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National Park Service Deputy Director Claims Black People Don’t Like National Parks Because of Slavery
Posted By Daniel Greenfield On February 28, 2013 @ 8:39 pm In The Point | 50 Comments
Mickey Fearn was named the National Park Service Deputy Director for Communications and Community Assistance because the Park Service decided that it needed to reach out to minorities who weren’t visiting national parks often enough. Or as the NPS tactfully put it, the “revised title for the deputy position emphasizes a new focus on specific outreach and communications to groups currently underrepresented in parks.”
How a group can be underrepresented in parks is unclear. Parks are big spaces full of trees, waterfalls and bears. Bears might be underrepresented in parks because they live there. People can be underrepresented in the park service, but not in parks.
Fearn, appointed to get black people to visit national parks, had the background you would expect from a race card user, a bunch of community groups and eventually manager of the City of Seattle’s Race and Social Justice Initiative. With that resume, Fearn began talking the usual “our stories” narrative in which the lack of black visitors to national parks emphasizes some deep national flaw of racism.
Mr. Fearn also stated that it is morally wrong to take inner-city kids out and show them the grandeur of nature and then return them to the city without giving them any tools for improving their own neighborhood.
I guess they can plant redwoods in their own neighborhood? I don’t know. The NPS is supposed to focus on parks. Not urban renewal. We already have a bunch of organizations that do urban renewal.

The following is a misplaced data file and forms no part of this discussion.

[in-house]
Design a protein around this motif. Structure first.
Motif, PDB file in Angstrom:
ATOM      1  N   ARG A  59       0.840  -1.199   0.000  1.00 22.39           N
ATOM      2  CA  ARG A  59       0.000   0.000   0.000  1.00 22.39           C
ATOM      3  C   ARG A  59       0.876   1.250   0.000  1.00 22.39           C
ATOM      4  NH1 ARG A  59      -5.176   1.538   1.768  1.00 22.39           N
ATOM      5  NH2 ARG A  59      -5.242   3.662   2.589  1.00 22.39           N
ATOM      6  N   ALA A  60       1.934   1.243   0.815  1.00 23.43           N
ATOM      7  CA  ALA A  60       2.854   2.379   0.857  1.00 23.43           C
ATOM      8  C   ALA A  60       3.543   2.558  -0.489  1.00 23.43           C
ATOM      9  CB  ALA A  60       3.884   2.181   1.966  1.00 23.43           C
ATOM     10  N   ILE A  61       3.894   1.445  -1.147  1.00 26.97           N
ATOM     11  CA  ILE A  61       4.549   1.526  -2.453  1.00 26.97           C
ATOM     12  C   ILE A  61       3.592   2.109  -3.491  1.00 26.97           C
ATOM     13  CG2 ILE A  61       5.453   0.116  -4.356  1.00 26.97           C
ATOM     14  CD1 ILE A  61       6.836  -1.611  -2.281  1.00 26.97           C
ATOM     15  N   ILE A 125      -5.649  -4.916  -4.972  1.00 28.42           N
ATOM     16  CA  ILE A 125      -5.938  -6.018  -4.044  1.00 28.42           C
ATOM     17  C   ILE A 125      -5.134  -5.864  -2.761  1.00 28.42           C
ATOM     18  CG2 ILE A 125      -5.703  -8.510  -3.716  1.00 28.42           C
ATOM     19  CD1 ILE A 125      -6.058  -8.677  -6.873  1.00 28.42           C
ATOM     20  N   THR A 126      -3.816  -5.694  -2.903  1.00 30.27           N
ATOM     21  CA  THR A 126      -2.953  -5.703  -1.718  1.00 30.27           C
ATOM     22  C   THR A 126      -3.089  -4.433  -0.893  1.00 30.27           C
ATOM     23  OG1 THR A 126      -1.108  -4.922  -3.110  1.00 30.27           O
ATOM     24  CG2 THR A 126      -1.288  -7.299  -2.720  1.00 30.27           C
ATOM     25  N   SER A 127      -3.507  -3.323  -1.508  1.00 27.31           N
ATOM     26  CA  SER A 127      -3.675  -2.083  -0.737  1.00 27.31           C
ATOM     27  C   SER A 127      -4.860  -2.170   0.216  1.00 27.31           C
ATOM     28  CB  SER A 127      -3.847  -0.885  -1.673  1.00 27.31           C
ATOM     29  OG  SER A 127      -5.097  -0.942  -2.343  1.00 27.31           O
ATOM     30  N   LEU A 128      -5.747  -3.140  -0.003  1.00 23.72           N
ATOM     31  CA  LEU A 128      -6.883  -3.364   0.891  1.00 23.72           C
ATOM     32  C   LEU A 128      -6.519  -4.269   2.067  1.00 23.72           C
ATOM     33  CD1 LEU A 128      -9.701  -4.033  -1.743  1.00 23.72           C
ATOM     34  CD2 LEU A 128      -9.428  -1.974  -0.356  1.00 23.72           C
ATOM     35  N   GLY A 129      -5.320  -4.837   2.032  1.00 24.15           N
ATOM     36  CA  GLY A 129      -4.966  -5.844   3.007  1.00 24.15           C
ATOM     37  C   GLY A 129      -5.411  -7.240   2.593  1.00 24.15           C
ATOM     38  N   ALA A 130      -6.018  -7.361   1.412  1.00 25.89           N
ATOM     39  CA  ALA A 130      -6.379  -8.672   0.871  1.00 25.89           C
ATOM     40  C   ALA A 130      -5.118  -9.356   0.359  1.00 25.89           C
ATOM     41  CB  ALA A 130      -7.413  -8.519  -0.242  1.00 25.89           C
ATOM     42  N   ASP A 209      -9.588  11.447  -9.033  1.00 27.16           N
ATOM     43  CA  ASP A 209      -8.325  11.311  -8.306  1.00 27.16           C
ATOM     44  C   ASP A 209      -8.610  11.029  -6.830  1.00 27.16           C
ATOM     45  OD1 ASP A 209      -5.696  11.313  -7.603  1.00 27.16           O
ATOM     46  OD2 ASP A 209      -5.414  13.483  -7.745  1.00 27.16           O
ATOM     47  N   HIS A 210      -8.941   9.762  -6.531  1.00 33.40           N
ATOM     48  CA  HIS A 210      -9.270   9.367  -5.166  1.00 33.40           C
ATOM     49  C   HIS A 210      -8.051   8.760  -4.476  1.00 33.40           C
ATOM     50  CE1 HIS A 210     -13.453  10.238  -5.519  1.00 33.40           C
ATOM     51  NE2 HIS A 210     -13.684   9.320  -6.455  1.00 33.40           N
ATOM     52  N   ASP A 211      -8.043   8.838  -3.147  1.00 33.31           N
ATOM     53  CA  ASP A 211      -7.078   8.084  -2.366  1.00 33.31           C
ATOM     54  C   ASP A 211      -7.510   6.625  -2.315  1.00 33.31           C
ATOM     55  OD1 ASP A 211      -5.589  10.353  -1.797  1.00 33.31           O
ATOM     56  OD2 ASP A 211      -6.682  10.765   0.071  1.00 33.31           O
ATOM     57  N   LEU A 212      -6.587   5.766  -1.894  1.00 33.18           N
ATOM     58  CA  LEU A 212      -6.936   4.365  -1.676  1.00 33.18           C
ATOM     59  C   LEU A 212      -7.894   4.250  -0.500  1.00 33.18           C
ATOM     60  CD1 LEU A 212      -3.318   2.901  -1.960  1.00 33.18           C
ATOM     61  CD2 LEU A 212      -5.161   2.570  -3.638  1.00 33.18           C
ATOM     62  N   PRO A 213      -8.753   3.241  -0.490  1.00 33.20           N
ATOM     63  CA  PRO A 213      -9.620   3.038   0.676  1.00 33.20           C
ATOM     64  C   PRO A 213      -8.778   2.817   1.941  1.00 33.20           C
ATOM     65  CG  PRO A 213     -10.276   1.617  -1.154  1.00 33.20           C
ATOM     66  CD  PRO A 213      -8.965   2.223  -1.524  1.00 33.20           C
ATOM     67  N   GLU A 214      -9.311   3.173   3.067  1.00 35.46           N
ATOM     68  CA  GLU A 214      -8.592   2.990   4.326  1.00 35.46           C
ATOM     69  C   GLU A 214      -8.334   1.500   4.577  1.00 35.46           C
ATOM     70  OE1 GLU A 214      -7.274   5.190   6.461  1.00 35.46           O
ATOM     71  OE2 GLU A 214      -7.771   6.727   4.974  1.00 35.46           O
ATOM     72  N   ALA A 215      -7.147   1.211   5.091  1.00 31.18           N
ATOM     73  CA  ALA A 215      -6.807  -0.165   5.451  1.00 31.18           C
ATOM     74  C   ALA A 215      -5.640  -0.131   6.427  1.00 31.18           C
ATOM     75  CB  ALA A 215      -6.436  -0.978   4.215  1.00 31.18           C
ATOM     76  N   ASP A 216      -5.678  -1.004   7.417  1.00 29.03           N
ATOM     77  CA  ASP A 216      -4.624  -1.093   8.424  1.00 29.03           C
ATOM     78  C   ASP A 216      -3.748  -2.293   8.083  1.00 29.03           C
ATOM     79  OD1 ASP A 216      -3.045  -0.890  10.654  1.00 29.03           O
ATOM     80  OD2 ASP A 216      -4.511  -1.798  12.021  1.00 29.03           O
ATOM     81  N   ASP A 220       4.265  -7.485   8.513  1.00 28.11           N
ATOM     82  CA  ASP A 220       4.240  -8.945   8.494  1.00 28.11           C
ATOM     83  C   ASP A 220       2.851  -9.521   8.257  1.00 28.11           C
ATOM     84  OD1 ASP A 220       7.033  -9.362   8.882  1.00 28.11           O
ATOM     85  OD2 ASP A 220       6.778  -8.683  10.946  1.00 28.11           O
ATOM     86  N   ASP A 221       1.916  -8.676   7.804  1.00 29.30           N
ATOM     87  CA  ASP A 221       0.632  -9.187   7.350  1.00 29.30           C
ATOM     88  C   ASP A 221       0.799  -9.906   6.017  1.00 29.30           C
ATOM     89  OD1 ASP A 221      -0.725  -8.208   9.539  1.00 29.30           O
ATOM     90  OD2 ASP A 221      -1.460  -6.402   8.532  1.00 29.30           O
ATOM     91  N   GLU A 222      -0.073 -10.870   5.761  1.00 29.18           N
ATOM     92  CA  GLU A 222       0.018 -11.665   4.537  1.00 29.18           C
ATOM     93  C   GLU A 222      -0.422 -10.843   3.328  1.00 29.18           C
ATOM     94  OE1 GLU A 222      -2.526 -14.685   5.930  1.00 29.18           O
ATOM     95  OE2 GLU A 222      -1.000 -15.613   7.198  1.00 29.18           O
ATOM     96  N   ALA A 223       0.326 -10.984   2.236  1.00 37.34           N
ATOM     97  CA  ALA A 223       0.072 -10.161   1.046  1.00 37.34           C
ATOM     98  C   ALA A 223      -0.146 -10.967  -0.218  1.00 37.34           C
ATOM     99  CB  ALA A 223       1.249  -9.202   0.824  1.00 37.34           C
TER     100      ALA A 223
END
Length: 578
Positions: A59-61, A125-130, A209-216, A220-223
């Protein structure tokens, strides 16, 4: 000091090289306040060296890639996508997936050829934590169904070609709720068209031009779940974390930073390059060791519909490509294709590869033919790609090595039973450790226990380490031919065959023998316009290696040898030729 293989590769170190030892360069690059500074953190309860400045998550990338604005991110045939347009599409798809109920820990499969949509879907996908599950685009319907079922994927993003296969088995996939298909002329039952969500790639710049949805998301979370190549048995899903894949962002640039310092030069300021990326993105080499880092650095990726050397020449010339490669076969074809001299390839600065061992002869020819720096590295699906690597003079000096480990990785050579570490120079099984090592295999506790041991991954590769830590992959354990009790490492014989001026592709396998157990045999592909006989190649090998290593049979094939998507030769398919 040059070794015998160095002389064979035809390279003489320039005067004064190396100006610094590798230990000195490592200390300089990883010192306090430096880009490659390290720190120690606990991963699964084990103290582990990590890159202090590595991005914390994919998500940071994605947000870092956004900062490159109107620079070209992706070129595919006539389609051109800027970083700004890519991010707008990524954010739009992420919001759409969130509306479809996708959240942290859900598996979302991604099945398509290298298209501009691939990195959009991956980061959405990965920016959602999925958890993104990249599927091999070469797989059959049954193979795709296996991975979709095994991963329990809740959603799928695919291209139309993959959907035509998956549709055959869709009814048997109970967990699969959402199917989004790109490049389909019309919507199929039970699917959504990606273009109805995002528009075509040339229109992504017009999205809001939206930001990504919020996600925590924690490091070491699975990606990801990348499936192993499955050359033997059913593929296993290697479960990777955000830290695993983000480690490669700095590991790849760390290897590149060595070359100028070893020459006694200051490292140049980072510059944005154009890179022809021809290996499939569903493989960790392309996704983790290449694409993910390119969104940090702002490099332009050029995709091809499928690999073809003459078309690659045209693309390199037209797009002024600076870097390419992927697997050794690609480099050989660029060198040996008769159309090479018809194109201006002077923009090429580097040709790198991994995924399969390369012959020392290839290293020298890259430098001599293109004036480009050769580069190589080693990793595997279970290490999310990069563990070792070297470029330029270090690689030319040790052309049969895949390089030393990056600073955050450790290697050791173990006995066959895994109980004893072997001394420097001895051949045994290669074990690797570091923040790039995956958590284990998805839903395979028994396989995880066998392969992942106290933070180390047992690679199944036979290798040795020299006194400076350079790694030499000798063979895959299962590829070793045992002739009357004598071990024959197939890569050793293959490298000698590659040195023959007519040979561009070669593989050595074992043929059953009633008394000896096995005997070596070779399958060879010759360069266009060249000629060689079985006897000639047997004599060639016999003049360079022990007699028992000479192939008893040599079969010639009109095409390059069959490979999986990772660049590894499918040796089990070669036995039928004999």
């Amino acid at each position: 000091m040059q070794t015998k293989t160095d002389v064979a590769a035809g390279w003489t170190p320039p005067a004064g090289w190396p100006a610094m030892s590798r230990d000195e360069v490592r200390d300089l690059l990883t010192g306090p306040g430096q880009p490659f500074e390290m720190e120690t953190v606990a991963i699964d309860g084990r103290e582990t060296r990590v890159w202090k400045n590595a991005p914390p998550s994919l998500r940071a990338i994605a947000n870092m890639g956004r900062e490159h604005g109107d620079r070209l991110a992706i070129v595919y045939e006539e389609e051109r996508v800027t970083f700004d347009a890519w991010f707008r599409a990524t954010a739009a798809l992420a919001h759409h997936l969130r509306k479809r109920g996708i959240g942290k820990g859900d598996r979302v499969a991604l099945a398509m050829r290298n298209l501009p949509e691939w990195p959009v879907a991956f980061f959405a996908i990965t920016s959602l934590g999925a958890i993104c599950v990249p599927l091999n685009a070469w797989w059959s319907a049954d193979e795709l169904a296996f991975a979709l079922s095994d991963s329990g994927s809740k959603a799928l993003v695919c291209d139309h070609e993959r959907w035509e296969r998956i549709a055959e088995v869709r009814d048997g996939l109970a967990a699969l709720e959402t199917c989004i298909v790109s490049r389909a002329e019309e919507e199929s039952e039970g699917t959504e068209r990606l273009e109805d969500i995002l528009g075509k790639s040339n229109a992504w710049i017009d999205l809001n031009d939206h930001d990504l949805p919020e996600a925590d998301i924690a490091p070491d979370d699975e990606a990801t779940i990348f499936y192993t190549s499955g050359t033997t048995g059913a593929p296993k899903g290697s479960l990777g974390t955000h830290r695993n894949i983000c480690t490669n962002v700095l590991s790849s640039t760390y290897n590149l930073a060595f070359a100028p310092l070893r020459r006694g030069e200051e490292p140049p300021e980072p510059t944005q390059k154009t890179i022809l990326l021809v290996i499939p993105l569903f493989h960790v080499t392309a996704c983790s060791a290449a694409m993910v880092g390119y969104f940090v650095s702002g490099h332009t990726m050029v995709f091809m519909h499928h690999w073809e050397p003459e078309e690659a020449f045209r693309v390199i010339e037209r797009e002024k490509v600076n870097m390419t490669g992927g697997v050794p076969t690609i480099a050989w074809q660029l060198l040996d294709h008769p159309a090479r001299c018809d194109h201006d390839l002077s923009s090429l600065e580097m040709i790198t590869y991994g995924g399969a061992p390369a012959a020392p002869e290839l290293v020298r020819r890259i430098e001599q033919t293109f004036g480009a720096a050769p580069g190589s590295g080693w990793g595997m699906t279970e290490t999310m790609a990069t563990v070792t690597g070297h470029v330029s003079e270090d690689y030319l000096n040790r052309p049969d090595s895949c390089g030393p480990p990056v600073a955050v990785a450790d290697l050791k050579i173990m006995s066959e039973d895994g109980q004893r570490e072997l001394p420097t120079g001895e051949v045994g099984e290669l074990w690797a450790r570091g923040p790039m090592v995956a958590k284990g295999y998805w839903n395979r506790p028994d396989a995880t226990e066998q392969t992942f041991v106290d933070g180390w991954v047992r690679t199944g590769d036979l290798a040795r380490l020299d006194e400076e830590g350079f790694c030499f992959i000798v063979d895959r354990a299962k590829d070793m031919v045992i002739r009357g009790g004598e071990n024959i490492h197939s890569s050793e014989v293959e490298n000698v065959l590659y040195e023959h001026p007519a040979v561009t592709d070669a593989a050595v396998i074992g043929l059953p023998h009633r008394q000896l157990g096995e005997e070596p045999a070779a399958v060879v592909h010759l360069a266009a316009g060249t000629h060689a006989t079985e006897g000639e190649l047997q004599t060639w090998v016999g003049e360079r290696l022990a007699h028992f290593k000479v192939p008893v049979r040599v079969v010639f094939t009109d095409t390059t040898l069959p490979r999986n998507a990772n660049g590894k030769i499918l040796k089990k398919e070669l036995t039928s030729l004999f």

Fearn’s contribution in his new role was to claim that he hated nature because of racial violence in the South. And then he visited Canada and expanded his BLACK PEOPLE HATE YELLOWSTONE BECAUSE OF RACISM theory.
Mickey Fearn says the reasons run deeper than money and geography. He’s worked in American parks for 46 years and is Saturday’s keynote speaker.
Here is one unexpected reason: The wilderness evokes some grisly images from American history — black slaves being hanged and lynched by their masters.
“African American people feel safe in cities and less safe in nature,” says Fearn, who is black. “Preserving wild places is a white concept, going back to Rome.”
So if preserving wild places is a white concept, then clearly national parks are just white privilege and need to be dismantled in a truly multicultural society.
Contending that black people aren’t visiting national parks because of slavery memories doesn’t make much sense at this latter date. And it doesn’t appear that other minorities are visiting national parks either. Asians probably don’t have memories of lynched in the wilderness. (Was anyone being lynched in the wilderness at all?)
And Canada, where Fearn had visited, didn’t have major slave issues, but also has low utilization rates by minorities. So yes, it’s clearly slavery.
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